RN Heads Federal Agency

December 2nd, 2011


By , BSN, RN

Starting today a nurse is taking the helm of the Centers for Medicare and Medicaid (CMS). Marilyn Tavenner is replacing Dr. Donald Berwick. Tavenner joined the Obama administration in February 2010 as Medicare’s principle deputy administrator. Tavenner is certainly not new to the healthcare arena: she began her career at the bedside as an ICU nurse.

Tavenner will serve as interim administrator for the CMS until the United States Senate confirms her nomination. CMS is the federal agency that administers the two government programs along with the State Children's Health Insurance Program and oversees HIPPA (Health Insurance Portability and Accountability Act) standards.

Before entering government service Tavenner had nearly 35 years of healthcare experience, steadily moving up the ranks. She spent nearly 20 years in nursing, three years as a hospital CEO and 10 years a hospital executive for the Hospital Corporation of America (HCA). Tavenner later served as Secretary of Health and Human Services in Virginia, in the administration of Governor Tim Kaine, from 2006 to 2010.

Tavenner's nomination was met with little surprise after her predecessor became a lightning rod for Republican anger at the healthcare reform law. President Barak Obama nominated Berwick three times but the Senate would never confirm him. Finally, the president made him head of the CMS in a recess appointment, which only allowed him to serve through the end of this year.

Berwick is a pediatrician and the co-founder of the Institute for Healthcare Improvement. He is well-respected throughout the healthcare industry, but his past statements of support for Great Britain's socialized medicine system made him a target for conservatives. Berwick's fate was cemented when 42 Republican senators wrote to President Obama back in March warning him they would not confirm him and urging the president to withdraw the nomination.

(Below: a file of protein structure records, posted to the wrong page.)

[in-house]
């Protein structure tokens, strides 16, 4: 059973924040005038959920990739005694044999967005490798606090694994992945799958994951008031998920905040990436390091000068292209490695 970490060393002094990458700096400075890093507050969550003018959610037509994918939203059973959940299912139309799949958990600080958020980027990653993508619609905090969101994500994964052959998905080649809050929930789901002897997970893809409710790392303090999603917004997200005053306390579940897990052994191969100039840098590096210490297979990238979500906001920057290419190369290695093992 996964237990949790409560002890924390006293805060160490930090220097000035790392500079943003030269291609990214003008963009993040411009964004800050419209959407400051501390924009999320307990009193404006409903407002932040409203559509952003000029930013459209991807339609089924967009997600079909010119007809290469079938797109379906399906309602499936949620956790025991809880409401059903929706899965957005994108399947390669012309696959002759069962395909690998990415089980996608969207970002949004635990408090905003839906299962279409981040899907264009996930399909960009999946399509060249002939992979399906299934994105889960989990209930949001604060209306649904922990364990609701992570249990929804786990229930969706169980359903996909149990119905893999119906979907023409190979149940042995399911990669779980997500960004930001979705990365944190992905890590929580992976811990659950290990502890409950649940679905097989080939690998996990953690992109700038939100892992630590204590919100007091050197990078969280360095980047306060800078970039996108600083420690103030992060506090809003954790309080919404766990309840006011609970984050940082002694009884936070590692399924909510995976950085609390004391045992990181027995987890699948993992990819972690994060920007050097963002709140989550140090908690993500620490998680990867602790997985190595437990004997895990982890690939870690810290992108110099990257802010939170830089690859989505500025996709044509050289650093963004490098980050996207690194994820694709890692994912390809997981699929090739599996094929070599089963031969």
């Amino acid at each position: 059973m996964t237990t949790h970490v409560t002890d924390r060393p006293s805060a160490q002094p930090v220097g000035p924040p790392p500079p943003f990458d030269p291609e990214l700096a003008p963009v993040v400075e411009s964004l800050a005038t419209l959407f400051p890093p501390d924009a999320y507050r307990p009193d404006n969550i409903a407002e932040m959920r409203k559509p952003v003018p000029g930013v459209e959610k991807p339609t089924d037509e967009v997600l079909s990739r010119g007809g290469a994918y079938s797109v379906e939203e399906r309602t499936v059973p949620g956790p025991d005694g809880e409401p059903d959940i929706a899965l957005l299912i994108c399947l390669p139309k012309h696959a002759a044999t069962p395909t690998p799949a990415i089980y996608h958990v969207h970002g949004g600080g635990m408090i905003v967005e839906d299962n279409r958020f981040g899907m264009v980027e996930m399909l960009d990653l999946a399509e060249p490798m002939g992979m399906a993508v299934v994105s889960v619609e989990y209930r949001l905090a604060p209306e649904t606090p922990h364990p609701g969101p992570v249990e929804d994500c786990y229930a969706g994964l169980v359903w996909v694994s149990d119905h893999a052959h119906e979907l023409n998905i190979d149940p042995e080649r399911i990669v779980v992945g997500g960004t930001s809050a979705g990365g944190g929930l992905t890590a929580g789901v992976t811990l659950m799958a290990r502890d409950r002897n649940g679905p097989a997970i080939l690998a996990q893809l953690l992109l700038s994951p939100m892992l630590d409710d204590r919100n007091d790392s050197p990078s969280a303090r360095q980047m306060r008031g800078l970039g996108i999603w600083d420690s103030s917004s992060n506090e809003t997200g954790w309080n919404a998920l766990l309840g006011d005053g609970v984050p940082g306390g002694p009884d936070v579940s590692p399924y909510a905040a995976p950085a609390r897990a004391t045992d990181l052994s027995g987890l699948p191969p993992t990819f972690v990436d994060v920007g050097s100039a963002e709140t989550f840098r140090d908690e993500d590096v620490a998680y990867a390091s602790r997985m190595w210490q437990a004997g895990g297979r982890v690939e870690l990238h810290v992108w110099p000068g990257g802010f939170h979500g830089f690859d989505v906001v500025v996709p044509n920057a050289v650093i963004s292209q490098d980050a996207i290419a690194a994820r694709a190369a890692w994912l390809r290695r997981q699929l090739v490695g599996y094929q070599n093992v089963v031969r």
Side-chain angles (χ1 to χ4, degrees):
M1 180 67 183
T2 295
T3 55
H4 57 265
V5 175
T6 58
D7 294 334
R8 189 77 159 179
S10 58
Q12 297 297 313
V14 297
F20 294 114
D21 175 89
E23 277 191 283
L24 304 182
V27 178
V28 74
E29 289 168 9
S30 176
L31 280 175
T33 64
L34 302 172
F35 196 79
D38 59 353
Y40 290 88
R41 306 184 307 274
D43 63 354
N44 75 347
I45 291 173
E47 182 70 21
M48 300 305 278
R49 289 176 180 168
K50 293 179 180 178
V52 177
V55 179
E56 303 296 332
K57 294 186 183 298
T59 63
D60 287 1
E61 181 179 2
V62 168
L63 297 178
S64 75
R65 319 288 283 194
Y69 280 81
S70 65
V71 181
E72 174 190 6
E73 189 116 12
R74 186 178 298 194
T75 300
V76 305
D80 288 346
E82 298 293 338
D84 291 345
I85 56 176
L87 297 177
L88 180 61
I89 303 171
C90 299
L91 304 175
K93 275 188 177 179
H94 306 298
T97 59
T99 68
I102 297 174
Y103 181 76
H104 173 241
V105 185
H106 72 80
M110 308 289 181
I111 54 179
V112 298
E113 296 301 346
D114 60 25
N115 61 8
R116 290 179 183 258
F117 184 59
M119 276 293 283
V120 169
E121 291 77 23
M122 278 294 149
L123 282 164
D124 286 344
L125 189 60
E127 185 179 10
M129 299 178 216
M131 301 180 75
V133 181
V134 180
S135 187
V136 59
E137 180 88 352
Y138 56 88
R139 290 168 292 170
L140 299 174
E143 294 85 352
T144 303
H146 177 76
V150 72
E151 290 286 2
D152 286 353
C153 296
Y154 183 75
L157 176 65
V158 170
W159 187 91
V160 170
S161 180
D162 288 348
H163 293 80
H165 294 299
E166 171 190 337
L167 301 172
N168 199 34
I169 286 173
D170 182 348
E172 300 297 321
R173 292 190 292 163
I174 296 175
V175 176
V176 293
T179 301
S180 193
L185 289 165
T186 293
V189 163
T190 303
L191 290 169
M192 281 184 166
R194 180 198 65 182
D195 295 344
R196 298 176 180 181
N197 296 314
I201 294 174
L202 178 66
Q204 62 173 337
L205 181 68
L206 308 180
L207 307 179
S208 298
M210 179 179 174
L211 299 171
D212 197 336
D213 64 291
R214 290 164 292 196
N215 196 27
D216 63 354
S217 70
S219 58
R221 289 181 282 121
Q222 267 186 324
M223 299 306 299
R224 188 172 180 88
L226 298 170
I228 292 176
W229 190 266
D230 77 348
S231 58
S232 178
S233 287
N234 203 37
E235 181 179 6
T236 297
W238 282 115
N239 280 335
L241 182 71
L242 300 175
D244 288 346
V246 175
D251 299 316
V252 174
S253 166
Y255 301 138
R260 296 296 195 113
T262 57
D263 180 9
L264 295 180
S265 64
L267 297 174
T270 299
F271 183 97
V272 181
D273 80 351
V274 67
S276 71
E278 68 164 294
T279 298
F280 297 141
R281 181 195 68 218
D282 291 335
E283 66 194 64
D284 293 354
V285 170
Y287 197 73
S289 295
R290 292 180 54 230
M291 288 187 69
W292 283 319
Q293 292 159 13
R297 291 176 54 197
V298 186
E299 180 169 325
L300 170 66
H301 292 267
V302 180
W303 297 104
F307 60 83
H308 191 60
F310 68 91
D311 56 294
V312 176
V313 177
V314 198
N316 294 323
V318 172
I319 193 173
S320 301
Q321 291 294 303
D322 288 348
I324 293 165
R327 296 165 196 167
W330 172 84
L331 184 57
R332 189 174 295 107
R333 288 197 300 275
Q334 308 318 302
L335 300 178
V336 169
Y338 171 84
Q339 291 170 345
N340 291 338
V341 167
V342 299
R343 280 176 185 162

In a recent Washington Post article the paper reported that Tavenner's pragmatic attitude could help her avoid the controversy that has dogged the outgoing chief. While Berwick “spent decades writing, thinking, and speaking about overhauling America’s health care system,” his former deputy has a more management-centered outlook.

"Former colleagues described her as a patient-centered manager, a hands-on medical professional equally comfortable in the board room and the emergency room," the newspaper continued.

“One of the things she’s really good at is being respectful, respecting different views and being willing to listen,” said Patrick Finnerty, who served under Tavenner as Virginia’s Medicaid director, to the Washington Post.

Tavenner is not a shoe-in for confirmation but many insiders believe it ultimately will happen. Republicans have reacted cautiously to her nomination. “This is a name that should be sent up to the Senate,” Sen. John Barrasso (R-Wyoming), a vocal Berwick critic, said in an interview. “She should appear and answer our questions on her views on Medicare, Medi¬caid and the president’s health-care law. Then people can make a reasoned judgment.”

Tavenner has been a relatively quiet presence in the agency, never testifying before Congress. ."

Even the American Medical Association (AMA) has thrown its support to Tavenner. In a statement, Peter W. Carmel, M.D., president of the AMA, said:

"The American Medical Association supports the nomination of Marilyn Tavenner for CMS administrator. We have worked extensively with her in her role as deputy administrator, and she has been fair, knowledgeable and open to dialogue. With all the changes and challenges facing the Medicare and Medicaid programs, CMS needs stable leadership, and Marilyn Tavenner has the skills and experience to provide it."

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